Standards are also important and I share your hope that Apple will have remained reasonably close to what cross platform developers will be able to manage.

Cheers,
Bernard

kers

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Re: New Mac Pro?
« Reply #24 on: May 21, 2019, 09:22:25 am »

What Apple has NOT learned we already can say is that Pro's need the machine NOW.
Not over 2 years when they have finally got there design together.
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DP

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Re: New Mac Pro?
« Reply #25 on: May 21, 2019, 09:39:35 pm »

since there's a limit to how many fans you can stick on a graphics card
dear - you can put a liquid cooling system and then put fans, as many as you wish outside of the card area... may be not in a macprison, but in a normal win(linux, bsd, etc)tel world

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Dan Wells

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Re: New Mac Pro?
« Reply #26 on: May 22, 2019, 11:15:29 am »

Liquid cooled graphics cards are rare (not nonexistent - you see them in high-end gaming systems, and probably also in supercomputers).

I actually think Apple is relatively likely to liquid cool the GPU (which is a major argument for moving away from PCIe to something designed for it).
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faberryman

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Re: New Mac Pro?
« Reply #27 on: May 22, 2019, 11:58:34 am »

Liquid cooled graphics cards are rare (not nonexistent - you see them in high-end gaming systems, and probably also in supercomputers).

I actually think Apple is relatively likely to liquid cool the GPU (which is a major argument for moving away from PCIe to something designed for it).
Anybody need a liquid cooled video card for photography?

kers

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Re: New Mac Pro?
« Reply #28 on: May 22, 2019, 12:36:23 pm »

Anybody need a liquid cooled video card for photography?
No, but you never know the future... Already Lightrooms detail uses the GPU in a way one 46mp needs a few seconds with a good graphics card
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D Fuller

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Re: New Mac Pro?
« Reply #29 on: May 22, 2019, 03:49:25 pm »

Anybody need a liquid cooled video card for photography?

One could ask does anybody need a Mac Pro for photography?

But for those of us who do video, GPU-based computation is fundamental.
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faberryman

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Re: New Mac Pro?
« Reply #30 on: May 22, 2019, 04:11:38 pm »

One could ask does anybody need a Mac Pro for photography? But for those of us who do video, GPU-based computation is fundamental.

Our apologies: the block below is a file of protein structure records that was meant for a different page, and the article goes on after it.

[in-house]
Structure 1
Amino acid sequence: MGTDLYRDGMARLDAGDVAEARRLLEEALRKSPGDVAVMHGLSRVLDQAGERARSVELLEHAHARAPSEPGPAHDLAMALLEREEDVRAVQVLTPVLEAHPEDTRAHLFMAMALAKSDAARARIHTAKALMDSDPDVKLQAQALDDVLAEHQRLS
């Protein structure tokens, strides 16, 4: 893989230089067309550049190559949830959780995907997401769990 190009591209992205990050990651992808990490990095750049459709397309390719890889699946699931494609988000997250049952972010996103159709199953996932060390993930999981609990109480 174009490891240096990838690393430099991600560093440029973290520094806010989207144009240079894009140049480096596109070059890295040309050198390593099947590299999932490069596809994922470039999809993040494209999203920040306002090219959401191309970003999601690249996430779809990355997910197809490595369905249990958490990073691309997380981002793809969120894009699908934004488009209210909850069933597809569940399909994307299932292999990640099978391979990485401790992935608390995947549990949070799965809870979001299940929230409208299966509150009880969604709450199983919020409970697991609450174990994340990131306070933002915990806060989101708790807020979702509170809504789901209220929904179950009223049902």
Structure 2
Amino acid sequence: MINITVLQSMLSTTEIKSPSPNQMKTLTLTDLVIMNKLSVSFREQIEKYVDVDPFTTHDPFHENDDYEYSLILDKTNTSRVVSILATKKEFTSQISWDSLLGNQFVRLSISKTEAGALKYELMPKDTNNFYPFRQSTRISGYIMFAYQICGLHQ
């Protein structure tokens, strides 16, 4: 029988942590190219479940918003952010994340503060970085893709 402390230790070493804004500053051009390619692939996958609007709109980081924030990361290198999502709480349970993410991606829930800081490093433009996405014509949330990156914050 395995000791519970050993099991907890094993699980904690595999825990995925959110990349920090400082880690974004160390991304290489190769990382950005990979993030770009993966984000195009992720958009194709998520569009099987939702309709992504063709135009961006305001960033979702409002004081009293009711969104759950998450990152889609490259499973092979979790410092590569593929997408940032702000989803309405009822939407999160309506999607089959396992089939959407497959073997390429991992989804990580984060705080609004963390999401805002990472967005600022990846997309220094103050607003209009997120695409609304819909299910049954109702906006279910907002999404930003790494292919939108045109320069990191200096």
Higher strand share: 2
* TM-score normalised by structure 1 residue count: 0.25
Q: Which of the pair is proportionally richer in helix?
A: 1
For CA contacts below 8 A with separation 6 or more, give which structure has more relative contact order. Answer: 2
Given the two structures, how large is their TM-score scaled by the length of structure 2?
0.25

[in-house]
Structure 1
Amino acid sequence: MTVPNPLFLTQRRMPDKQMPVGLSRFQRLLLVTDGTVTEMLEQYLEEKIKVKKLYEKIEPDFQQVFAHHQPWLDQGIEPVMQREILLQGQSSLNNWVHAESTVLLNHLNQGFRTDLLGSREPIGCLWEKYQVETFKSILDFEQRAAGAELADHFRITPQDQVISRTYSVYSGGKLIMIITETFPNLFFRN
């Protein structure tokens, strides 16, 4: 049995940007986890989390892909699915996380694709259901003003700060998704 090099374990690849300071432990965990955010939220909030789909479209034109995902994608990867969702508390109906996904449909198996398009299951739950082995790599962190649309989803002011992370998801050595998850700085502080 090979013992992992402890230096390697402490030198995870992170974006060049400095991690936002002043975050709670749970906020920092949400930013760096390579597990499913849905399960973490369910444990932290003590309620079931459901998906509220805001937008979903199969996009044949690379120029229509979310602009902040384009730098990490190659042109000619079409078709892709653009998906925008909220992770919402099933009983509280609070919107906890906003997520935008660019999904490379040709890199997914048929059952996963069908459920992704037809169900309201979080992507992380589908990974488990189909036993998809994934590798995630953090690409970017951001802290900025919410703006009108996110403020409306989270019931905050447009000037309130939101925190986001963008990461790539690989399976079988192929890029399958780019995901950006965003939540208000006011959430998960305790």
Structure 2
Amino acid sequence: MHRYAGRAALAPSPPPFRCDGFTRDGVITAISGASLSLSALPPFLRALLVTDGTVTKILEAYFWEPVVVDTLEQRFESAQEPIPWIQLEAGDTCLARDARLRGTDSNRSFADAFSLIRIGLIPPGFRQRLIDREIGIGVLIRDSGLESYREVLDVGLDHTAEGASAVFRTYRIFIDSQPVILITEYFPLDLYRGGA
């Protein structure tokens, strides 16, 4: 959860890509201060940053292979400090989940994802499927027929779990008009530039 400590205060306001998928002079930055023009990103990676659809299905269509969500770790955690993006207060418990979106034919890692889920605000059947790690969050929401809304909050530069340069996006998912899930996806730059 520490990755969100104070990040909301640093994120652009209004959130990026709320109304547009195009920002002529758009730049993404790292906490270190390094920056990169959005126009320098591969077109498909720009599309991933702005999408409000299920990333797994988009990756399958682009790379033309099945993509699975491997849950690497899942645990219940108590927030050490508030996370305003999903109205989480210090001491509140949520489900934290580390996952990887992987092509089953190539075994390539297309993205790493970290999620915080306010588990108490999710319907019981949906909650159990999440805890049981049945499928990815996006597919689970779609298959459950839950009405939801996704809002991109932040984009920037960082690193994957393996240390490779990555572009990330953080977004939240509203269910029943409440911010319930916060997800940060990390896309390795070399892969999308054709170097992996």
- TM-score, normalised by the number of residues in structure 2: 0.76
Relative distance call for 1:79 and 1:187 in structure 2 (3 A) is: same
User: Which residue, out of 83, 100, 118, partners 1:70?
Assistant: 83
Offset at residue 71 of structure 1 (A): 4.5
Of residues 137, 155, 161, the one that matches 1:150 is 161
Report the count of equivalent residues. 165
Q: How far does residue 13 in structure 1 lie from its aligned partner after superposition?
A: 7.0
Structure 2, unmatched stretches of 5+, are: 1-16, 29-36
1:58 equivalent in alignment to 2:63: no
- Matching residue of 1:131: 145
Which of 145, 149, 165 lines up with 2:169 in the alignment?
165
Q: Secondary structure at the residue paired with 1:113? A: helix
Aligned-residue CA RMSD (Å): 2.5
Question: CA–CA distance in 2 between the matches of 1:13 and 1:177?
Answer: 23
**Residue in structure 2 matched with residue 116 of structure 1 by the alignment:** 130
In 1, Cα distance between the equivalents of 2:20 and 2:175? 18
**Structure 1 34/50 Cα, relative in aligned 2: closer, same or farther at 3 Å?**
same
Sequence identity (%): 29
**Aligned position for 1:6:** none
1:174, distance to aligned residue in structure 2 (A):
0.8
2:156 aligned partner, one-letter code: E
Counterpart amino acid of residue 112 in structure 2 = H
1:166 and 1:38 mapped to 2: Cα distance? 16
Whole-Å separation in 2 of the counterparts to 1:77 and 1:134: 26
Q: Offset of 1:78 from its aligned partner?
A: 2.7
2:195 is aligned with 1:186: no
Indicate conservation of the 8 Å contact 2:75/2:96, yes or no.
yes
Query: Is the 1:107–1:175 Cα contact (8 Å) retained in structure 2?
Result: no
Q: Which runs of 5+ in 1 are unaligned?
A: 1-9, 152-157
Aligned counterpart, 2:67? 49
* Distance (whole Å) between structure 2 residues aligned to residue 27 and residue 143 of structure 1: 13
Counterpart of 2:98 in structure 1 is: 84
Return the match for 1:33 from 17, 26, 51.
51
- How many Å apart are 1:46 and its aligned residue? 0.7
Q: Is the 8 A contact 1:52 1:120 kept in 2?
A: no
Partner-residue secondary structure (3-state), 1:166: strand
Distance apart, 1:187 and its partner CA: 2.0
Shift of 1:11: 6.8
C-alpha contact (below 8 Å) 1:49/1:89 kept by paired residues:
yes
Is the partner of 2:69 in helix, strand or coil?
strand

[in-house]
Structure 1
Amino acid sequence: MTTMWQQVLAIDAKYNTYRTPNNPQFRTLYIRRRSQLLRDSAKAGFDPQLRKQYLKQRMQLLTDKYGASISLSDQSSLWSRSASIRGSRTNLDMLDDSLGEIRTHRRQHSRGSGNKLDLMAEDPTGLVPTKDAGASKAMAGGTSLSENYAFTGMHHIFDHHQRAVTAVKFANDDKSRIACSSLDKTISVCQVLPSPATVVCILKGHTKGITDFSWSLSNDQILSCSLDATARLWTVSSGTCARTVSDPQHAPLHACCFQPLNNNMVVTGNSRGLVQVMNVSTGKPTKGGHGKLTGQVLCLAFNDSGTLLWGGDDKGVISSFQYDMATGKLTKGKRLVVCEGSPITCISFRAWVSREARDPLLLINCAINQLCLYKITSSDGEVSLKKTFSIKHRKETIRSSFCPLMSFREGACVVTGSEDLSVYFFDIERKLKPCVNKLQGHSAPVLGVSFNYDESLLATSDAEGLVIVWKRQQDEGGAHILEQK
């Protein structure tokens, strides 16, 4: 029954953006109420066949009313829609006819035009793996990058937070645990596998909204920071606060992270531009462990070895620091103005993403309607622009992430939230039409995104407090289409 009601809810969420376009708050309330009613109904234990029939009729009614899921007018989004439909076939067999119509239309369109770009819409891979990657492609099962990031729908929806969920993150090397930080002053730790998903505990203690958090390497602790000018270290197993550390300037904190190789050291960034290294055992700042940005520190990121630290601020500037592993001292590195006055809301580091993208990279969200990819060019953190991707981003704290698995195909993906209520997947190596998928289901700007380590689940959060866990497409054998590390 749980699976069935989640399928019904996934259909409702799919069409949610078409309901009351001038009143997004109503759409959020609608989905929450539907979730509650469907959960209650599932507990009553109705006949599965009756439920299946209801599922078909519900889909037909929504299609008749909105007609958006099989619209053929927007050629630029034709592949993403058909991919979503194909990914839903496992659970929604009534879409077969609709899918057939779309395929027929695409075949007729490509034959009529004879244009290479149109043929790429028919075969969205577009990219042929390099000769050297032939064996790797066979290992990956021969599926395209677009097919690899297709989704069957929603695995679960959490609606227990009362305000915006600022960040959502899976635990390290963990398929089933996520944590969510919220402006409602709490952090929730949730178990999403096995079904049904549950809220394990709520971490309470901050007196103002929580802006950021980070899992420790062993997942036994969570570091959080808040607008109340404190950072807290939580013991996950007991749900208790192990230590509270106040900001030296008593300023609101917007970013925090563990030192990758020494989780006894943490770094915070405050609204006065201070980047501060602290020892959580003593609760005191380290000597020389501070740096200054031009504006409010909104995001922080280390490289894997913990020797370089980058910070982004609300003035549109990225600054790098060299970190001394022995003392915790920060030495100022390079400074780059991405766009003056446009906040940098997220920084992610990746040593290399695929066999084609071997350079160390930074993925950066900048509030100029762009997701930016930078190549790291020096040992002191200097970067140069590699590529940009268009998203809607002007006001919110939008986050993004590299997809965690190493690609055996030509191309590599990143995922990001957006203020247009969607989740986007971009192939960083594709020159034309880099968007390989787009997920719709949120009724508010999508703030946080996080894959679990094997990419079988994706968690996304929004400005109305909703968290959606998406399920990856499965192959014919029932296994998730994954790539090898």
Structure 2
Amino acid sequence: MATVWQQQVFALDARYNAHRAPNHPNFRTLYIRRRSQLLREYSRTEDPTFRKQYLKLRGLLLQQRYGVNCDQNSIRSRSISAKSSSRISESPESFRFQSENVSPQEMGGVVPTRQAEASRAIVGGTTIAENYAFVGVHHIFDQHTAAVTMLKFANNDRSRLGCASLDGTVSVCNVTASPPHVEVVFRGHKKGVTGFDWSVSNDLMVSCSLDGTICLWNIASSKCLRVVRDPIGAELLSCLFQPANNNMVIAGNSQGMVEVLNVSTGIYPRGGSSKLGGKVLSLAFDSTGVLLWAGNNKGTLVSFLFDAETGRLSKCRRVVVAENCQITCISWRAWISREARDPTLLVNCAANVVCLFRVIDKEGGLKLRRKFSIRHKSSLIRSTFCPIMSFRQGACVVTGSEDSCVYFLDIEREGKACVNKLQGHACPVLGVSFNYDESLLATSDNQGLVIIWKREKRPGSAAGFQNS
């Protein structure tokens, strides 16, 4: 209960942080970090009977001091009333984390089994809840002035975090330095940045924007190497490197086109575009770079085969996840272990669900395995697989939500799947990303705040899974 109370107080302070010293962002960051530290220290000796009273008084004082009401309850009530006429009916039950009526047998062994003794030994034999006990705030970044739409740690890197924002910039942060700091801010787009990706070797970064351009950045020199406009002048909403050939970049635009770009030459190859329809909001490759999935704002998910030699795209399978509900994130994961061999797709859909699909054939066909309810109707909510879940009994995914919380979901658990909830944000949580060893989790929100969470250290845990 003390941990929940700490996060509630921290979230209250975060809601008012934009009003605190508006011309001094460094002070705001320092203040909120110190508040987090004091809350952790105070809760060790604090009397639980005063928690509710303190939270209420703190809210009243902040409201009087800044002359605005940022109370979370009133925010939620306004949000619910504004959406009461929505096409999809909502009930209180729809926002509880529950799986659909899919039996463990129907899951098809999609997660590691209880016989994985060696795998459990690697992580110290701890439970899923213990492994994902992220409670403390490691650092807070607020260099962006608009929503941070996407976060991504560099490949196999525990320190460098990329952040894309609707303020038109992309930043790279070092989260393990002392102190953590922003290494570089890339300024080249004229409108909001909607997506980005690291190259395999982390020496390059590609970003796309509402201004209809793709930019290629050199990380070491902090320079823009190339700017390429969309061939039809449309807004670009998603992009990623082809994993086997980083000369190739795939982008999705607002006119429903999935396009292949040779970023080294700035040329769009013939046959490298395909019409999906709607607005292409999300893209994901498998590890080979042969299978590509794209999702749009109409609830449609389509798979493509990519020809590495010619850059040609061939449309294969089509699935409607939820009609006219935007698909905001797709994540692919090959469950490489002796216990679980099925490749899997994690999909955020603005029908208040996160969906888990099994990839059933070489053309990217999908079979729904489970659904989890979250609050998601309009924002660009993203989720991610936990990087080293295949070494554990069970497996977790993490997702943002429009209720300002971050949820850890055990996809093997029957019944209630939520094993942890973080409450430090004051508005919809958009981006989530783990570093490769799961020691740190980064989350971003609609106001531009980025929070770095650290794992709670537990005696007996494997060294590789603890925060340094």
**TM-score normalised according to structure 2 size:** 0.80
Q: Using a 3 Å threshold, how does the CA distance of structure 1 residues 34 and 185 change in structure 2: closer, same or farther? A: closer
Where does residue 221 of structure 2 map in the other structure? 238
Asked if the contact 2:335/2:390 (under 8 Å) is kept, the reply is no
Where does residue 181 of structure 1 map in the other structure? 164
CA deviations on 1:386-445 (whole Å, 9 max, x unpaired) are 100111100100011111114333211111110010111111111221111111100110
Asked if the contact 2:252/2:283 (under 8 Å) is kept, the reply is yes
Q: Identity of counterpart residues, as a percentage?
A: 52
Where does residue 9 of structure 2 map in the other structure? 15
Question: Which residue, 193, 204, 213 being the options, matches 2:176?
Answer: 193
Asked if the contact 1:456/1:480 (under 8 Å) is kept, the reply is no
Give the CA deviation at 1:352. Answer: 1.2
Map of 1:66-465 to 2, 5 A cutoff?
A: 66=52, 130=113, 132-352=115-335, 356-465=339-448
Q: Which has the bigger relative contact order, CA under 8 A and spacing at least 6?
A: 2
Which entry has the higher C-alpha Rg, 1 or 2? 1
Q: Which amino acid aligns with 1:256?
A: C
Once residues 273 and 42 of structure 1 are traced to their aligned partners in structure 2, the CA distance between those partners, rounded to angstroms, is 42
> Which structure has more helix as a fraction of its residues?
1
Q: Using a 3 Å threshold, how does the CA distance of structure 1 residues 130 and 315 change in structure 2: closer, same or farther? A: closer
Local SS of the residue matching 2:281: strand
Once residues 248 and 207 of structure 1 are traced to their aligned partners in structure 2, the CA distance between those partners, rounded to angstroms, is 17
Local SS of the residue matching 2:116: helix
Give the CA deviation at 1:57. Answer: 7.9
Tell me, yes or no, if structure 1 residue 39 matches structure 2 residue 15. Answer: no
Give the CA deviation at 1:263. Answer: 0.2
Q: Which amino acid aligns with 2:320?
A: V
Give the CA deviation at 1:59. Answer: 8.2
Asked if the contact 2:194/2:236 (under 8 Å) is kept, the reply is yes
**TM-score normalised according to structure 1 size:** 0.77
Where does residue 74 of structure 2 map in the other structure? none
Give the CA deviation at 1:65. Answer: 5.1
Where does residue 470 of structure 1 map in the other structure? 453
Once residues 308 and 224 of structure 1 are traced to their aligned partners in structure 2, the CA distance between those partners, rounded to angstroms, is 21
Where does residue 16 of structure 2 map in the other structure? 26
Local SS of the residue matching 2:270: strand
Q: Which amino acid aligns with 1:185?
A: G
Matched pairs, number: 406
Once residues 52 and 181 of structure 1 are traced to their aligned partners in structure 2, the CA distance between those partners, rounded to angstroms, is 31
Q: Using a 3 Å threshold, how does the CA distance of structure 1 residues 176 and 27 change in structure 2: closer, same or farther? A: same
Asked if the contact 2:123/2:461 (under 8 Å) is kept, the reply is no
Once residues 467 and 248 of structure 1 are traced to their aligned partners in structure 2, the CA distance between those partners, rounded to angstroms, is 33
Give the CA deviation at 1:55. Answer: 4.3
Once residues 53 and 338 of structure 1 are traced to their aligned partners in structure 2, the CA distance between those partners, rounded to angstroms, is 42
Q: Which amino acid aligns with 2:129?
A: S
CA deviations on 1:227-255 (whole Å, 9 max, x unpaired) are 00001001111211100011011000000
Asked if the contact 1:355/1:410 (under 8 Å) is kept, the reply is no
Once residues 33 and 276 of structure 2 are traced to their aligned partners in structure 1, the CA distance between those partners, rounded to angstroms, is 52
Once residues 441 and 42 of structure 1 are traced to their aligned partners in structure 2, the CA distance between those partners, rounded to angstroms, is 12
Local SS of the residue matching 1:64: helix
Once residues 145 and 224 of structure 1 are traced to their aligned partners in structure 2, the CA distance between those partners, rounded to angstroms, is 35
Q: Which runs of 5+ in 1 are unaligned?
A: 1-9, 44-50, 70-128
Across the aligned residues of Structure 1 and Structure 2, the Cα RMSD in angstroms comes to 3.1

This is the problem with the new Mac Mini. It has no graphics capability. I don't know if the integrated graphics will even run the new Enhance Detail feature of LR. My late-2011 says the process will take six minutes, but it doesn't finish. Which probably means an eGPU. More boxes more cables, particularly when you know you are going to have to add an external RAIDD enclosure. An iMac with upgraded graphics may be a better choice, but an entry level Mac Pro would be even better. Provided it is not silly expensive.

D Fuller

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Re: New Mac Pro?
« Reply #31 on: May 22, 2019, 08:24:43 pm »

An iMac with upgraded graphics may be a better choice, but an entry level Mac Pro would be even better. Provided it is not silly expensive.

We’ll see. If Dan is right, an entry level Mac Pro could make a pretty nice iMac look cheap.
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Dan Wells

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Re: New Mac Pro?
« Reply #32 on: May 23, 2019, 12:36:43 am »

I can see two reasons why Apple might liquid cool CPU and GPU (if they do one, they'll probably do both).

1.) Apple hates noise, and giving in to standard PCIe graphics cards means noisy fans even on modest cards. As I've mentioned before, putting multiple fans on an expansion card is really a hack caused by the rapid increase in GPU power and heat dissipation. When Apple designed the much loved cheesegrater Mac Pro, most of the standard GPUs were passively cooled, and none needed to cool hundreds of watts.

2.) If they design a system that provides hundreds of watts worth of liquid cooling for the GPU, they can go all the way from a Vega 56 (what photographers would generally choose) on up to a high-powered Radeon Instinct with one design.

Oh, and photographers would love the liquid cooled CPU that almost certainly would come with the liquid cooled GPU design.
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Joe Towner

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Re: New Mac Pro?
« Reply #33 on: May 28, 2019, 12:55:10 pm »

Apple most likely was waiting for the newer AMD graphics cards to come out. 

This is the problem with the new Mac Mini. It has no graphics capability. I don't know if the integrated graphics will even run the new Enhance Detail feature of LR. My late-2011 says the process will take six minutes, but it doesn't finish. Which probably means an eGPU. More boxes more cables, particularly when you know you are going to have to add an external RAIDD enclosure. An iMac with upgraded graphics may be a better choice, but an entry level Mac Pro would be even better. Provided it is not silly expensive.

I hate to say it like this, but a Mini with a i9, a PCIe 16x slot, 2 NVMe slots & 4 RAM slots would fulfill many needs.  Put it in a Cube case and call it the 2019 Cube ;)
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BernardLanguillier

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Re: New Mac Pro?
« Reply #34 on: May 28, 2019, 07:04:45 pm »

Apple most likely was waiting for the newer AMD graphics cards to come out. 

Probably, along with the new PCI 4.0 chipset.

I hate to say it like this, but a Mini with a i9, a PCIe 16x slot, 2 NVMe slots & 4 RAM slots would fulfill many needs.  Put it in a Cube case and call it the 2019 Cube ;)